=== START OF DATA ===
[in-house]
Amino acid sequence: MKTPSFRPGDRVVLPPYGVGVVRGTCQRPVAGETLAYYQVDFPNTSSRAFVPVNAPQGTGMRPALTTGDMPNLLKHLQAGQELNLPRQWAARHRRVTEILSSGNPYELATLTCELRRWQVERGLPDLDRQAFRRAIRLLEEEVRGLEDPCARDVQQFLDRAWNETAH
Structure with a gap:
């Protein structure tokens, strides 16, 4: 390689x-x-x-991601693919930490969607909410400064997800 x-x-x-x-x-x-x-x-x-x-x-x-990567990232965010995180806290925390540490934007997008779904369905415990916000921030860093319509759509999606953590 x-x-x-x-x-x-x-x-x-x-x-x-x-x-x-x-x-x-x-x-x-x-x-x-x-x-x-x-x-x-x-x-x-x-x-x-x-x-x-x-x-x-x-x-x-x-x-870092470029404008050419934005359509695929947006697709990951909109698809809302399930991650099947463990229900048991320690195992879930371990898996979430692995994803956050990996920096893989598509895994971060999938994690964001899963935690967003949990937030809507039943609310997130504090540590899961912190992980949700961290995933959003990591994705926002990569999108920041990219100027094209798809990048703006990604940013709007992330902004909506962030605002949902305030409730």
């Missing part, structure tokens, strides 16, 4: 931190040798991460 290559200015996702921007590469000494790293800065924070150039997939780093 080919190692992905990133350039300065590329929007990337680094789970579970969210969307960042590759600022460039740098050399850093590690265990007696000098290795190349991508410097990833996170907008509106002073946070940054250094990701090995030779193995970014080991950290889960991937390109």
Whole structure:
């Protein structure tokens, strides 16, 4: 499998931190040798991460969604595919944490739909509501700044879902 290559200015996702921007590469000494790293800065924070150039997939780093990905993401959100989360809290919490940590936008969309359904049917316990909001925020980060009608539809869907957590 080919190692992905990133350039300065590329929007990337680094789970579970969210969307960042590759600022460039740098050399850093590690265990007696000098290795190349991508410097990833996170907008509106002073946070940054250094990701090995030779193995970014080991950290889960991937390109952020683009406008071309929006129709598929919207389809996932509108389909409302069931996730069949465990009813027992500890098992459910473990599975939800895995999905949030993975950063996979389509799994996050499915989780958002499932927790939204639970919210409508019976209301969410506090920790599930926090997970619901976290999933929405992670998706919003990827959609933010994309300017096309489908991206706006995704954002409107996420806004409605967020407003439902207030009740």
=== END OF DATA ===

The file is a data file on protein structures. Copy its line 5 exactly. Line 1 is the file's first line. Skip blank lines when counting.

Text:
């Missing part, structure tokens, strides 16, 4: 931190040798991460 290559200015996702921007590469000494790293800065924070150039997939780093 080919190692992905990133350039300065590329929007990337680094789970579970969210969307960042590759600022460039740098050399850093590690265990007696000098290795190349991508410097990833996170907008509106002073946070940054250094990701090995030779193995970014080991950290889960991937390109």